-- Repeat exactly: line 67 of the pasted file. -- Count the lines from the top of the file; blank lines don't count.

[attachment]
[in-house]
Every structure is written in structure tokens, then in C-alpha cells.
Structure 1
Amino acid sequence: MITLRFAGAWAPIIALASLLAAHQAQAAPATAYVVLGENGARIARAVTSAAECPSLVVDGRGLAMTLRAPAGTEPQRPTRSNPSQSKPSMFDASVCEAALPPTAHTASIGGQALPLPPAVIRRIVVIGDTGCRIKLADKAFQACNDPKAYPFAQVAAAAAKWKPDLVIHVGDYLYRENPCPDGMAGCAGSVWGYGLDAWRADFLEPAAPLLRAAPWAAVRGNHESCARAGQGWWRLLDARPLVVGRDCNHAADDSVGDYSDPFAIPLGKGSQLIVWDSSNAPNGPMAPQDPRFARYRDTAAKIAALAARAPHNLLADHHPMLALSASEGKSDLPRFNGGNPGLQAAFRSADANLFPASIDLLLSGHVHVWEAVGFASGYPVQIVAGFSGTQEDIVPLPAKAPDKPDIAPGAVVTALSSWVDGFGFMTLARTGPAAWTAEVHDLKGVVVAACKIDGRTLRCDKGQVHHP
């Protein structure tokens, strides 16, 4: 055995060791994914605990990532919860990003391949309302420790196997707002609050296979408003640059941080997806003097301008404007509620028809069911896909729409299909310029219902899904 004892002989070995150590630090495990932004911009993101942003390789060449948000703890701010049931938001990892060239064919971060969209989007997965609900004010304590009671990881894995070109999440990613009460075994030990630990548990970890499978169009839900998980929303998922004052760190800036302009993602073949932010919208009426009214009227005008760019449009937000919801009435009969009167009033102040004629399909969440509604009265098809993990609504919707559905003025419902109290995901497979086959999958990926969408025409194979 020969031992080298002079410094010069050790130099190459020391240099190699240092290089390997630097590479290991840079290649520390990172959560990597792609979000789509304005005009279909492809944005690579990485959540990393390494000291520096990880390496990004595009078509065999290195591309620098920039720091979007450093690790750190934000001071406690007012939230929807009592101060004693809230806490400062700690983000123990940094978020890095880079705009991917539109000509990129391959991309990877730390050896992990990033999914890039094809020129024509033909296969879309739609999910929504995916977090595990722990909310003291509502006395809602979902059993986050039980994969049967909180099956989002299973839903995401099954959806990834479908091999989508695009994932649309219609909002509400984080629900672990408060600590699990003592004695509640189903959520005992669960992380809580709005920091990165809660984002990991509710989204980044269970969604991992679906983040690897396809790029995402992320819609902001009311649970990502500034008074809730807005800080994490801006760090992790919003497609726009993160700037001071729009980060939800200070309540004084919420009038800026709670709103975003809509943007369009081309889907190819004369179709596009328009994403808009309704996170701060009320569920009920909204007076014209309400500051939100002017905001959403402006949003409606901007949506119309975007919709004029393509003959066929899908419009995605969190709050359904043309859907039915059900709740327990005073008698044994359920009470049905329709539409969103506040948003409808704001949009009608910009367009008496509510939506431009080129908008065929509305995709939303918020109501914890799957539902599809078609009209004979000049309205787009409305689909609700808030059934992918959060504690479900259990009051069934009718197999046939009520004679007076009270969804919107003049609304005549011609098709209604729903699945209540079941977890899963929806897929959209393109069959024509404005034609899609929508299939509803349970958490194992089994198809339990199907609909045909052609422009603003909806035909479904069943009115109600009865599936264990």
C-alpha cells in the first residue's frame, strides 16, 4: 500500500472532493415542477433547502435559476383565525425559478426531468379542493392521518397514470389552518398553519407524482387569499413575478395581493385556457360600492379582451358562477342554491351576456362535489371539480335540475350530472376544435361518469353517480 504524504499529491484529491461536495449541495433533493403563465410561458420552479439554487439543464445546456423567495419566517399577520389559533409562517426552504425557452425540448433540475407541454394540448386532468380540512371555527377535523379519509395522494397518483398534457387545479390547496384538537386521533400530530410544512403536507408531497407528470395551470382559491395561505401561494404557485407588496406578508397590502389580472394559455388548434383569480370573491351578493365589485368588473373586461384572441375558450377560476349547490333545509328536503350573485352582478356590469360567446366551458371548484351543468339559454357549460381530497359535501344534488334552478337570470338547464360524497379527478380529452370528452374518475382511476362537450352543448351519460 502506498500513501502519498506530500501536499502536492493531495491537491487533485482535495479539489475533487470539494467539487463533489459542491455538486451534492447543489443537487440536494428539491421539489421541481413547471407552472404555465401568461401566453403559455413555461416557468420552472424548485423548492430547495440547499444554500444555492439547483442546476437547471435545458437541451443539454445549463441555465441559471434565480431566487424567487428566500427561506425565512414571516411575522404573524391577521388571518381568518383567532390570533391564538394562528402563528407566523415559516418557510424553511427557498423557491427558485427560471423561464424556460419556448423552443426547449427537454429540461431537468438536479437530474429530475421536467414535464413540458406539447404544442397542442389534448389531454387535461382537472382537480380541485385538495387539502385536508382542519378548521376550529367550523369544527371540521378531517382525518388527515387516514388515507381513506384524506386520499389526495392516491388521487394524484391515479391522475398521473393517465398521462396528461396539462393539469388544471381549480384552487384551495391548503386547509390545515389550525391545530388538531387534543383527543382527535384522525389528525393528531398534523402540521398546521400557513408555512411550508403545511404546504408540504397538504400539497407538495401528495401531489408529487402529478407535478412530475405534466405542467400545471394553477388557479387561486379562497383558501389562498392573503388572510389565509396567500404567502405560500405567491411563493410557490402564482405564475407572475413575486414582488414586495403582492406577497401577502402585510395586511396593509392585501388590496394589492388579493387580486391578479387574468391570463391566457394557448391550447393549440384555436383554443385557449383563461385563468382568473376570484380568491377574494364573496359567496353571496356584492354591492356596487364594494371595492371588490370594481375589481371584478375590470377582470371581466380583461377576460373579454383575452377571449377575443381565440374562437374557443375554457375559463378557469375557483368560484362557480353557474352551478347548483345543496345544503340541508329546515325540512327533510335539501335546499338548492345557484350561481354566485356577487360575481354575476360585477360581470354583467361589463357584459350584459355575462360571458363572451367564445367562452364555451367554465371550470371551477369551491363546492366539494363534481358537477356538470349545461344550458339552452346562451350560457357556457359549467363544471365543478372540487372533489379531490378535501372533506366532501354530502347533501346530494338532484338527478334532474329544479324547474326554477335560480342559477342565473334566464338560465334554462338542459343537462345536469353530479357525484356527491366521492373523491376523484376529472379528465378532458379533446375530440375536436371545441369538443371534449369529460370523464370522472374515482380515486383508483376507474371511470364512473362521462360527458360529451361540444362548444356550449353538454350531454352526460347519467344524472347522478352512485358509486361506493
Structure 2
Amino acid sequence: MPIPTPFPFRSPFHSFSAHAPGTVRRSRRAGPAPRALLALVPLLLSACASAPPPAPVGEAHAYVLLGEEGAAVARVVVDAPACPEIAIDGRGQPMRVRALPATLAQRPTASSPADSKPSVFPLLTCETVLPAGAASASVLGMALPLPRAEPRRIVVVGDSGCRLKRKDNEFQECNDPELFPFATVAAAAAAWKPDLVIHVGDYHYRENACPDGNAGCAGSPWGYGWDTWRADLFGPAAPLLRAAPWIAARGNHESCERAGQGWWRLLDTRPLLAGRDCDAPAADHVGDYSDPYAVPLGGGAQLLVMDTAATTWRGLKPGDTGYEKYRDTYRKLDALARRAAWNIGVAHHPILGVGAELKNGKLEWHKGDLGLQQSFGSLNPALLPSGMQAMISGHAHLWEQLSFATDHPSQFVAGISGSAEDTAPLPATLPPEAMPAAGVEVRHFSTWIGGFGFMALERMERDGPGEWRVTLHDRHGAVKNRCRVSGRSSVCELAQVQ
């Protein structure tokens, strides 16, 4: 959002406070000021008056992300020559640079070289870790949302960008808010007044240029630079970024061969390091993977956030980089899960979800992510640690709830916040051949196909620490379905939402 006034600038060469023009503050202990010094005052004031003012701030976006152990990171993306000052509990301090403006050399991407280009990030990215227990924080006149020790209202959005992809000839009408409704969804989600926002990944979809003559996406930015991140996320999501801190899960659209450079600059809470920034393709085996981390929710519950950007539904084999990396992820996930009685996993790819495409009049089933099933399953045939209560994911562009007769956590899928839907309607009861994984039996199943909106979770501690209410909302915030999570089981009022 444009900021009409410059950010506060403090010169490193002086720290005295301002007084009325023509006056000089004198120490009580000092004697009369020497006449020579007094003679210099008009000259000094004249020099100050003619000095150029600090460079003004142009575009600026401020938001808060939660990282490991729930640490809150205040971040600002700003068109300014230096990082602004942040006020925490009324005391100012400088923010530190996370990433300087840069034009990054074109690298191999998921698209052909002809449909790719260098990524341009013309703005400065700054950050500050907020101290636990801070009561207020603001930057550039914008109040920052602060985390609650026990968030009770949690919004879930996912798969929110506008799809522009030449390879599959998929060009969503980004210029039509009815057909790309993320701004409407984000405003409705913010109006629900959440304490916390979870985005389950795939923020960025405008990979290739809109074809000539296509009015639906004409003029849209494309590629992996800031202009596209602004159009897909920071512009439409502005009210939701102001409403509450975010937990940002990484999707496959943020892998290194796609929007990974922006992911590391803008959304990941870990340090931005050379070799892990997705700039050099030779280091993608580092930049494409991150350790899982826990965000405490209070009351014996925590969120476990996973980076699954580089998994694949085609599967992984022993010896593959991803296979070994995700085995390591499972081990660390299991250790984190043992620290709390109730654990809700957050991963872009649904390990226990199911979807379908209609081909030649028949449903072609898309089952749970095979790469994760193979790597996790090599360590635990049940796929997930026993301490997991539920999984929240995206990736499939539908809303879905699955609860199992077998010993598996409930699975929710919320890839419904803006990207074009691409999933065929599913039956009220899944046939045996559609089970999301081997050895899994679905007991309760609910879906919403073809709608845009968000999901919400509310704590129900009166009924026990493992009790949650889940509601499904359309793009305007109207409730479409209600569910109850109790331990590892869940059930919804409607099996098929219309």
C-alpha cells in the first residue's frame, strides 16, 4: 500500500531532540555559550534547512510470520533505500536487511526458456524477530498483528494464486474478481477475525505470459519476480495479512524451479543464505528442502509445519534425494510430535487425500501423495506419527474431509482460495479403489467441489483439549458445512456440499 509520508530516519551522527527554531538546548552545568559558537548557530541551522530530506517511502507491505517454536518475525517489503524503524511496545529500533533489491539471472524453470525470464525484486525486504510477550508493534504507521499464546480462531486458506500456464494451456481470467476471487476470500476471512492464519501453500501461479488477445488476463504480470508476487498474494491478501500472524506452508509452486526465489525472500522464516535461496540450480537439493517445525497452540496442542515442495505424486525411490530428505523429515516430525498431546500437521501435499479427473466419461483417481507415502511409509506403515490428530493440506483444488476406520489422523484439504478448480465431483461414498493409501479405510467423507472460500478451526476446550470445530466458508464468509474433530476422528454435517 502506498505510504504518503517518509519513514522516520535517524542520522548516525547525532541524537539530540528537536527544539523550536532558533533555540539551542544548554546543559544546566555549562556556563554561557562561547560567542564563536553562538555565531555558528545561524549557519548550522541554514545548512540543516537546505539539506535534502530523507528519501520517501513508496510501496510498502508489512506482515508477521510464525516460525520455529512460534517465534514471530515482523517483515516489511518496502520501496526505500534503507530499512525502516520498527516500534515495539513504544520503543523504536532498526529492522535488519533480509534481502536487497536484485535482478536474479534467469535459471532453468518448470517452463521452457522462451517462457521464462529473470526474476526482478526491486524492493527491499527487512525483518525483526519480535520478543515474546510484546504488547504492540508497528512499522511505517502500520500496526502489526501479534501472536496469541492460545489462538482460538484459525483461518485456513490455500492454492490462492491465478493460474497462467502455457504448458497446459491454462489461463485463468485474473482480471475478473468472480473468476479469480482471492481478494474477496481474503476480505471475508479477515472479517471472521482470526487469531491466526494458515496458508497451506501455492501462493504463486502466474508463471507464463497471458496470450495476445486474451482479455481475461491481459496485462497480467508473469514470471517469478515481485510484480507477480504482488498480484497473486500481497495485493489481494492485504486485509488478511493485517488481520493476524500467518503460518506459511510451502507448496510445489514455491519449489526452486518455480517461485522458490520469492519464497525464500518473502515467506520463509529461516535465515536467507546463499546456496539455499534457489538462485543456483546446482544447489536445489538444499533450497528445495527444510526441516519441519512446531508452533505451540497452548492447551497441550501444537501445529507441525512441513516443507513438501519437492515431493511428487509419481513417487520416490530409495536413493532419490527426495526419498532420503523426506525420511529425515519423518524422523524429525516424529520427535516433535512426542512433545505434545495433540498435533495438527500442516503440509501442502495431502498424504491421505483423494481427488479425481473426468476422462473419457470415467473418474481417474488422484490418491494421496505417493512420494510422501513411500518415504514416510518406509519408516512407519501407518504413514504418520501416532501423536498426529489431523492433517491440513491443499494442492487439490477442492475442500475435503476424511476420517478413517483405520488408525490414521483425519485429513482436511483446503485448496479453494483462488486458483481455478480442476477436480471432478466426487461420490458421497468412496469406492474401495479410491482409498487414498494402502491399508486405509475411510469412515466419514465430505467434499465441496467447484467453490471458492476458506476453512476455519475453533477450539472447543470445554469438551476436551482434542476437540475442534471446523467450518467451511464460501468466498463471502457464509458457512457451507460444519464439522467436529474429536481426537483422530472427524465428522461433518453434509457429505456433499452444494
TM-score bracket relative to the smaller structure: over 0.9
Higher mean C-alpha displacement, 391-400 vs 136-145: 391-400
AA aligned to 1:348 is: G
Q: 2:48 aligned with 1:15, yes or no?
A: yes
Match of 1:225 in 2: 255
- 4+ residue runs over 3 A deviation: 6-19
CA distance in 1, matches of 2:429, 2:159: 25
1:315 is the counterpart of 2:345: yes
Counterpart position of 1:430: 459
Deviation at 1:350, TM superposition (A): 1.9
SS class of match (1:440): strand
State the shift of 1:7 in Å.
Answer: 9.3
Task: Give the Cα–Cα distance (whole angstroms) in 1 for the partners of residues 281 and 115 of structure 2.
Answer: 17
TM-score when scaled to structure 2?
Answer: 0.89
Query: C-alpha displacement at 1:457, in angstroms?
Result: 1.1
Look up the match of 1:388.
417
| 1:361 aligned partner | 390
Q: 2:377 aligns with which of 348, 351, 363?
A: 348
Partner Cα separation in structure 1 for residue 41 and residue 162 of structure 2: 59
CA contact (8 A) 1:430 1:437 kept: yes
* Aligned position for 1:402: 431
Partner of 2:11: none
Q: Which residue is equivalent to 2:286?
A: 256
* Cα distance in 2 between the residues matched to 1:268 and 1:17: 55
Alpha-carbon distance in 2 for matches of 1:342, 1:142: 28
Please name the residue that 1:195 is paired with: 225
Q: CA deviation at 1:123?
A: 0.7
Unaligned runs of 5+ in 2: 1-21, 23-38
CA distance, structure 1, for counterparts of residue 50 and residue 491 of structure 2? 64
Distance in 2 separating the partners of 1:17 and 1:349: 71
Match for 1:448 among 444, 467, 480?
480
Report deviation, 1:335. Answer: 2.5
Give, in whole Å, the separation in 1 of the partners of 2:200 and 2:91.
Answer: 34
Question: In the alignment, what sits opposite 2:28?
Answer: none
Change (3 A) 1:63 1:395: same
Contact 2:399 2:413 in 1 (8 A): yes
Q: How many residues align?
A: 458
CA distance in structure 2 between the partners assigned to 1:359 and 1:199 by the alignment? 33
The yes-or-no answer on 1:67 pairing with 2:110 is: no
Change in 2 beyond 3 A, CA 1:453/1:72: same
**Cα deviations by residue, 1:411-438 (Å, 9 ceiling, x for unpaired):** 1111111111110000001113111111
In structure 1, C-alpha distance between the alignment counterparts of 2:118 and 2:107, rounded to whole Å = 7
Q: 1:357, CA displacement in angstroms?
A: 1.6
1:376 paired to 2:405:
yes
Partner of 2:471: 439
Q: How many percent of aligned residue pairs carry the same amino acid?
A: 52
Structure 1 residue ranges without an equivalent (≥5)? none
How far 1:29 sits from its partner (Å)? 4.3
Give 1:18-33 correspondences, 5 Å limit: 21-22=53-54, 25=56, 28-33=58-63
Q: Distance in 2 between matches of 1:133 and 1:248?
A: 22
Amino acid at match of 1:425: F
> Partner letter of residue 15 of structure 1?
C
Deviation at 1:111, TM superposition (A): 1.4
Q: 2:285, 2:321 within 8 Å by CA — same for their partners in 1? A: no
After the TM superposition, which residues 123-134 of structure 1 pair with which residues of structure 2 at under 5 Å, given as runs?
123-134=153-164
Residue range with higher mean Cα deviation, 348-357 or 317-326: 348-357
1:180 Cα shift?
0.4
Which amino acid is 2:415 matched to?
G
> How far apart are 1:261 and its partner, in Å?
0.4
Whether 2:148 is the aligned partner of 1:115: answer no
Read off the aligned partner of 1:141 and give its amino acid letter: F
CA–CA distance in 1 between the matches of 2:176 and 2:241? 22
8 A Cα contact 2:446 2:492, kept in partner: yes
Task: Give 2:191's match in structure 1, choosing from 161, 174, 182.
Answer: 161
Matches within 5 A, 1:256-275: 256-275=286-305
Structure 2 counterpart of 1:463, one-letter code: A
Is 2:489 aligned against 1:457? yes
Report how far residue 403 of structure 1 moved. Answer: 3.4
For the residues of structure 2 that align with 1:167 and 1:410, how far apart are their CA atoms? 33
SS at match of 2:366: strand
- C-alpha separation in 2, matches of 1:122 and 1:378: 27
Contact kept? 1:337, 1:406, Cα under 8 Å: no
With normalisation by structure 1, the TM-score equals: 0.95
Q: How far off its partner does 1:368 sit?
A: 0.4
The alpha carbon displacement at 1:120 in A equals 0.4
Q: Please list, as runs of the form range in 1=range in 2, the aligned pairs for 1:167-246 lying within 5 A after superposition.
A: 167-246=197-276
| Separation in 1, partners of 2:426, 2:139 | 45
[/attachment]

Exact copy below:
A: 1.6